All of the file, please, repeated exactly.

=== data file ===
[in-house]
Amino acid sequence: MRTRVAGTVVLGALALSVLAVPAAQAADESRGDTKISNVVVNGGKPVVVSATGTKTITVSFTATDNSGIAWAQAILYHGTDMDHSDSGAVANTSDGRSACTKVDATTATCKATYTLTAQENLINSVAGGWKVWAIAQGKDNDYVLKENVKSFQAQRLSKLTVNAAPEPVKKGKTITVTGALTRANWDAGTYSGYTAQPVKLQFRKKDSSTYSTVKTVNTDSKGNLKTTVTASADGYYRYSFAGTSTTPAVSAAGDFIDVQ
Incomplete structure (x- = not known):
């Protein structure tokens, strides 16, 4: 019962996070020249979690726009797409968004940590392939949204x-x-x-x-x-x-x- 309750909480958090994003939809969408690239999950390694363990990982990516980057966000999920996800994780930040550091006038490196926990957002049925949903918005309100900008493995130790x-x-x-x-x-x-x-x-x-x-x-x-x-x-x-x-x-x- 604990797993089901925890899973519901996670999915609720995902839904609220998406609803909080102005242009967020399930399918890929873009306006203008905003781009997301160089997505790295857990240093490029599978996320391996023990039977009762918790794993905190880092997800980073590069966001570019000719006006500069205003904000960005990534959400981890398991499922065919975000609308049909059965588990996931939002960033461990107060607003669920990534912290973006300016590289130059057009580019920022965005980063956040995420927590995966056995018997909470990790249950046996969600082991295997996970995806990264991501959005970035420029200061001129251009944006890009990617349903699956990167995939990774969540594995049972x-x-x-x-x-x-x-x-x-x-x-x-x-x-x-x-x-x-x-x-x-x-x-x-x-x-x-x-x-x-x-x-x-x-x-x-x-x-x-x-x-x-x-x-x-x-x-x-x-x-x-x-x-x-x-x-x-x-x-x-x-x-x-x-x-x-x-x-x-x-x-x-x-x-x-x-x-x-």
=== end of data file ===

[in-house]
Amino acid sequence: MRTRVAGTVVLGALALSVLAVPAAQAADESRGDTKISNVVVNGGKPVVVSATGTKTITVSFTATDNSGIAWAQAILYHGTDMDHSDSGAVANTSDGRSACTKVDATTATCKATYTLTAQENLINSVAGGWKVWAIAQGKDNDYVLKENVKSFQAQRLSKLTVNAAPEPVKKGKTITVTGALTRANWDAGTYSGYTAQPVKLQFRKKDSSTYSTVKTVNTDSKGNLKTTVTASADGYYRYSFAGTSTTPAVSAAGDFIDVQ
Incomplete structure (x- = not known):
């Protein structure tokens, strides 16, 4: 019962996070020249979690726009797409968004940590392939949204x-x-x-x-x-x-x- 309750909480958090994003939809969408690239999950390694363990990982990516980057966000999920996800994780930040550091006038490196926990957002049925949903918005309100900008493995130790x-x-x-x-x-x-x-x-x-x-x-x-x-x-x-x-x-x- 604990797993089901925890899973519901996670999915609720995902839904609220998406609803909080102005242009967020399930399918890929873009306006203008905003781009997301160089997505790295857990240093490029599978996320391996023990039977009762918790794993905190880092997800980073590069966001570019000719006006500069205003904000960005990534959400981890398991499922065919975000609308049909059965588990996931939002960033461990107060607003669920990534912290973006300016590289130059057009580019920022965005980063956040995420927590995966056995018997909470990790249950046996969600082991295997996970995806990264991501959005970035420029200061001129251009944006890009990617349903699956990167995939990774969540594995049972x-x-x-x-x-x-x-x-x-x-x-x-x-x-x-x-x-x-x-x-x-x-x-x-x-x-x-x-x-x-x-x-x-x-x-x-x-x-x-x-x-x-x-x-x-x-x-x-x-x-x-x-x-x-x-x-x-x-x-x-x-x-x-x-x-x-x-x-x-x-x-x-x-x-x-x-x-x-």